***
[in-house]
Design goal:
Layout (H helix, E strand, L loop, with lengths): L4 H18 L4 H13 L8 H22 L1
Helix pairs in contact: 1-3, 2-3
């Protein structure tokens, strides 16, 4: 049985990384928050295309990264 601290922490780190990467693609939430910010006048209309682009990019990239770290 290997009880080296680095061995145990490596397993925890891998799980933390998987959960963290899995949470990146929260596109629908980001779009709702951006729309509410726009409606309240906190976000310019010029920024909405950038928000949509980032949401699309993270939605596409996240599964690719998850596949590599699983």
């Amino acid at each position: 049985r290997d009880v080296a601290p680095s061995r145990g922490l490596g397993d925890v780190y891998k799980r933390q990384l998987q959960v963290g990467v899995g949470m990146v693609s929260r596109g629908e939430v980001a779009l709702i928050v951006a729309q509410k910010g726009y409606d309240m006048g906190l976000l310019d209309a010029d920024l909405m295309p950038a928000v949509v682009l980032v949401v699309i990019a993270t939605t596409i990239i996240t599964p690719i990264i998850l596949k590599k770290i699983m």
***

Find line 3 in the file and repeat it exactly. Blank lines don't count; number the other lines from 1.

Layout (H helix, E strand, L loop, with lengths): L4 H18 L4 H13 L8 H22 L1